Bangkok is home to modern skyscrapers, royal palaces, ornate temples and a street scene rich with colour and frenetic life.
Bangkok’s two hundred year old Chinatown is a good place to start, packed with exciting street-side restaurants, market stalls and gold shops.
The Grand Palace is also a must, it is perhaps Bangkok’s most striking building and its grounds are also home to Wat Phra Kaew, the Temple of the Emerald Buddha. Regarded as the most important Buddhist temple in Thailand, the temple houses a carving of Phra Kaew Morakot, completed from a single block of jade.
For another striking Buddha, travellers should head to Wat Pho – the oldest temple in Bangkok – where they’ll find the country’s largest reclining Buddha, clad in gold, measuring 46 metres long.
For shopping, the new riverfront Asiatique offers a brilliant mix of small vendors, antique shops, restaurants and street entertainers.
Halong Bay, Vietnam
Halong Bay is quite simply magical. Located on the northeast coast of Vietnam, the bay is home to almost 2,000 limestone pillars, topped by forest, that loom out of the water throughout the Gulf of Tonkin. Halong means ‘where the dragon descends into the sea’ and one legend has it that the beautiful bay was forged by a mountain dragon charging towards the coast while its tail thrashed the land, creating numerous valleys and fissures. When the dragon reached the sea, it submerged and flooded the area, leaving only the peaks of the gorges visible.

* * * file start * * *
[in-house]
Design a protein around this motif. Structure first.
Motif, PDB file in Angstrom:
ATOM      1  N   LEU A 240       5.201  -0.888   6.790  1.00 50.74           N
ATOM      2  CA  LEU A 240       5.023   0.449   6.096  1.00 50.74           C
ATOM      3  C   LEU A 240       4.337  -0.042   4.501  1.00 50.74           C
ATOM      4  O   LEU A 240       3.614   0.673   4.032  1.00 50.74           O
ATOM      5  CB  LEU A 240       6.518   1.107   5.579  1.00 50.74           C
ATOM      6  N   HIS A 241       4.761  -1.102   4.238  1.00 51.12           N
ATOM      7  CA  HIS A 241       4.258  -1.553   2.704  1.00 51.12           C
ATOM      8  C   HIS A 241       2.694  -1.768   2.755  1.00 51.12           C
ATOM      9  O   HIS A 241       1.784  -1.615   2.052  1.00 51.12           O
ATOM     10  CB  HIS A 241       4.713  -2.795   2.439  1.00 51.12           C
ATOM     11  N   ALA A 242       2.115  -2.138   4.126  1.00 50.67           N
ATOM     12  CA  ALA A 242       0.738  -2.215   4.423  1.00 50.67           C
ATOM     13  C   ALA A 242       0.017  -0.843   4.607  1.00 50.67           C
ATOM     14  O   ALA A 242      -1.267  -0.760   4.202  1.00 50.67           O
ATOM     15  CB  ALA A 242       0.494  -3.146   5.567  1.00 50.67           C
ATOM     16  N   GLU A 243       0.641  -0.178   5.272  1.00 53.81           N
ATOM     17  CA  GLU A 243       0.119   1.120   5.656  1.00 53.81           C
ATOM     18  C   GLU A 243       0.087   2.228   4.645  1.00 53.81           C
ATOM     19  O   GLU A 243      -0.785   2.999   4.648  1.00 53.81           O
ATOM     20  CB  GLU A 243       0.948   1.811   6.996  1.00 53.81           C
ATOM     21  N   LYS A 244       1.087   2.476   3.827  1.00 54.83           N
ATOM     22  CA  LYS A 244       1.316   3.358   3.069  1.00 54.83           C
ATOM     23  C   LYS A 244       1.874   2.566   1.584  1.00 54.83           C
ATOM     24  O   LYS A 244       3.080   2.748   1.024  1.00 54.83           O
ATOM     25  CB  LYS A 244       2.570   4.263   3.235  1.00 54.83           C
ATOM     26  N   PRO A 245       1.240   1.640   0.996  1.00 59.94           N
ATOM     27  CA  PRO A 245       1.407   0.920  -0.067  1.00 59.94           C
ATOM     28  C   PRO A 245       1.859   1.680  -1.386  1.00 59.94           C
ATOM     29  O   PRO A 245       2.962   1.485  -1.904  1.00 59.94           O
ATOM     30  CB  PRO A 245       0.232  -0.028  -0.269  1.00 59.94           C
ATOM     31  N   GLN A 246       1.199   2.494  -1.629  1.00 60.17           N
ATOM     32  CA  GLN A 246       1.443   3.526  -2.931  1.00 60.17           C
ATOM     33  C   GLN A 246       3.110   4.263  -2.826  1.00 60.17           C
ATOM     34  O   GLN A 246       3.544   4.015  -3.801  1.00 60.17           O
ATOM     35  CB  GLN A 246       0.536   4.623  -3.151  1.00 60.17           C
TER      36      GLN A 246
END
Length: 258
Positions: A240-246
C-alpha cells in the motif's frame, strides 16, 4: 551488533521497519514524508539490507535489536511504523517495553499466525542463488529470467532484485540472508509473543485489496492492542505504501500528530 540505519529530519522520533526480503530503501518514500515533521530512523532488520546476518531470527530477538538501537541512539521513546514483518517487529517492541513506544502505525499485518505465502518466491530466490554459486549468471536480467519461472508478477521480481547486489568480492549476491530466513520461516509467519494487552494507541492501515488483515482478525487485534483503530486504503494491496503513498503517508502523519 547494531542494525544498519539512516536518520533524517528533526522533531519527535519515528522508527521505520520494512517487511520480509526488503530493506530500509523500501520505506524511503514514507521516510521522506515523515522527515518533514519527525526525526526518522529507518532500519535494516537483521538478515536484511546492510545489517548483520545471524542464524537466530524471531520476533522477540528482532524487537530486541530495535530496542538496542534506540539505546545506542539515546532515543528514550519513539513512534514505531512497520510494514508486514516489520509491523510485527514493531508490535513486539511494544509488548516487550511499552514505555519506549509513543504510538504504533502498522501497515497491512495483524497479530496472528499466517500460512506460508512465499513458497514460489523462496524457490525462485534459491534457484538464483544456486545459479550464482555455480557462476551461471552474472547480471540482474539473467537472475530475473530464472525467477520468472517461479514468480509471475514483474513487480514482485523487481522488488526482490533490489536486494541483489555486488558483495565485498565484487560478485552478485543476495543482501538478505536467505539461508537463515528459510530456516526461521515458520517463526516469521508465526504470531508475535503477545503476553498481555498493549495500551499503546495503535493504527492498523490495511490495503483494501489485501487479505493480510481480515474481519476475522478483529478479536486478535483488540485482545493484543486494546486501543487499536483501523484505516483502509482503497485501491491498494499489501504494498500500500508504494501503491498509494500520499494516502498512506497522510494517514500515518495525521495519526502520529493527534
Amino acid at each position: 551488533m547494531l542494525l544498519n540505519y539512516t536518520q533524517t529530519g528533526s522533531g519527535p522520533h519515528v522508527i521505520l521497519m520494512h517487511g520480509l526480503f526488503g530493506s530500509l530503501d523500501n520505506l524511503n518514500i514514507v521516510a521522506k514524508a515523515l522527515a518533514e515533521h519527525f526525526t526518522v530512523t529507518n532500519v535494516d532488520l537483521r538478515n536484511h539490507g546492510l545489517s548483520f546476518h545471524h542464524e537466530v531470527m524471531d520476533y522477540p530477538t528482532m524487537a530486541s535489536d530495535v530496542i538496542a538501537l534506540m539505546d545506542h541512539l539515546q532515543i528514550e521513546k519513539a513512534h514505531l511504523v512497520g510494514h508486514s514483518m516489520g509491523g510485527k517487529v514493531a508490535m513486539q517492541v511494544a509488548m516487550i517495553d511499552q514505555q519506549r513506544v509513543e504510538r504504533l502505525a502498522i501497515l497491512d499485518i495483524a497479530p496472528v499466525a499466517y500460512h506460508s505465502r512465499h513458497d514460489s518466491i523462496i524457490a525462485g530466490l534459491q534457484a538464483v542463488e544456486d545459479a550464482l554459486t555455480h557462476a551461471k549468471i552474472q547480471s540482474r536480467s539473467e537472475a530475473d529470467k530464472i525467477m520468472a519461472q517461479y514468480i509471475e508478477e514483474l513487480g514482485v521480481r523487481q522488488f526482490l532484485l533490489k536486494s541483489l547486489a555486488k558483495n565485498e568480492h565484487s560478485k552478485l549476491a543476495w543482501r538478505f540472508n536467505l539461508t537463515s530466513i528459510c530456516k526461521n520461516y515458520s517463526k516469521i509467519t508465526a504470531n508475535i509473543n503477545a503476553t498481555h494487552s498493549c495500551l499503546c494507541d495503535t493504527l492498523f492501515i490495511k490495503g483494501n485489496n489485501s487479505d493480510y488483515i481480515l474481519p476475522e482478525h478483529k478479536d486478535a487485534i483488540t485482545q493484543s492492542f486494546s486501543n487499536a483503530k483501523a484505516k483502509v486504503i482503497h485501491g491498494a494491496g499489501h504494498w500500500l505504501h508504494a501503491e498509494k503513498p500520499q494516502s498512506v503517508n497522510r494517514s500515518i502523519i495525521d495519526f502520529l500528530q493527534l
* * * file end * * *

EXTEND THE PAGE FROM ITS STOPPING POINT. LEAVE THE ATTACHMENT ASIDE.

Touring the bay on a junk (Chinese sailing ship) is an unmissable experience for many.
Ho Chi Minh City (Saigon), Vietnam
Ho Chi Minh City is Vietnam on full volume. Its energy is matched only by its diversity as you walk through time-trapped alleys into gorgeous temples before hitting designer malls and dizzying skyscrapers.
The spectacular Jade Emperor Pagoda is an assault on the senses, as is the Ben Thanh Market which is brimming with exotic foods, paintings, porcelain, jewellery and wood carvings.
The stylish French-built Presidential Palace, is also well-worth a visit and the city’s History Museum houses a fine collection of artefacts that trace the evolution of Vietnamese culture.
Kuala Lumpur, Malaysia